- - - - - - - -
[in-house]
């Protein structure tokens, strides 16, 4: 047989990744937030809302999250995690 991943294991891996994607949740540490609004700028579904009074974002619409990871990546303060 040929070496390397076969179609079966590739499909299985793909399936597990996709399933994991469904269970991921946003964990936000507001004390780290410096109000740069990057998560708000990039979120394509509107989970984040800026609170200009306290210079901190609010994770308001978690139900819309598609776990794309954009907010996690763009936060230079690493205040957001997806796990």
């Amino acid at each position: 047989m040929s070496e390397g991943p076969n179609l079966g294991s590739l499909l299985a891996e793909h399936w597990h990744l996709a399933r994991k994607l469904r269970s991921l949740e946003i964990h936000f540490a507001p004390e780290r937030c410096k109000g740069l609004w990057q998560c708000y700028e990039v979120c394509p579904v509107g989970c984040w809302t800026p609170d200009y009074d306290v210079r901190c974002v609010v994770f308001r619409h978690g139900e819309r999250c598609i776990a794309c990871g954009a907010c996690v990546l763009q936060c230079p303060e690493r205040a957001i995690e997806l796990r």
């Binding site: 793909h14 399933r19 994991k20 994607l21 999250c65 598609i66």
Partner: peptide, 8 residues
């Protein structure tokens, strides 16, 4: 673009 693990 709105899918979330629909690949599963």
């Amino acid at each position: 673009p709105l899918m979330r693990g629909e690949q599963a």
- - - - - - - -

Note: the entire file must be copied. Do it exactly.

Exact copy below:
[in-house]
């Protein structure tokens, strides 16, 4: 047989990744937030809302999250995690 991943294991891996994607949740540490609004700028579904009074974002619409990871990546303060 040929070496390397076969179609079966590739499909299985793909399936597990996709399933994991469904269970991921946003964990936000507001004390780290410096109000740069990057998560708000990039979120394509509107989970984040800026609170200009306290210079901190609010994770308001978690139900819309598609776990794309954009907010996690763009936060230079690493205040957001997806796990």
């Amino acid at each position: 047989m040929s070496e390397g991943p076969n179609l079966g294991s590739l499909l299985a891996e793909h399936w597990h990744l996709a399933r994991k994607l469904r269970s991921l949740e946003i964990h936000f540490a507001p004390e780290r937030c410096k109000g740069l609004w990057q998560c708000y700028e990039v979120c394509p579904v509107g989970c984040w809302t800026p609170d200009y009074d306290v210079r901190c974002v609010v994770f308001r619409h978690g139900e819309r999250c598609i776990a794309c990871g954009a907010c996690v990546l763009q936060c230079p303060e690493r205040a957001i995690e997806l796990r």
């Binding site: 793909h14 399933r19 994991k20 994607l21 999250c65 598609i66």
Partner: peptide, 8 residues
């Protein structure tokens, strides 16, 4: 673009 693990 709105899918979330629909690949599963």
């Amino acid at each position: 673009p709105l899918m979330r693990g629909e690949q599963a």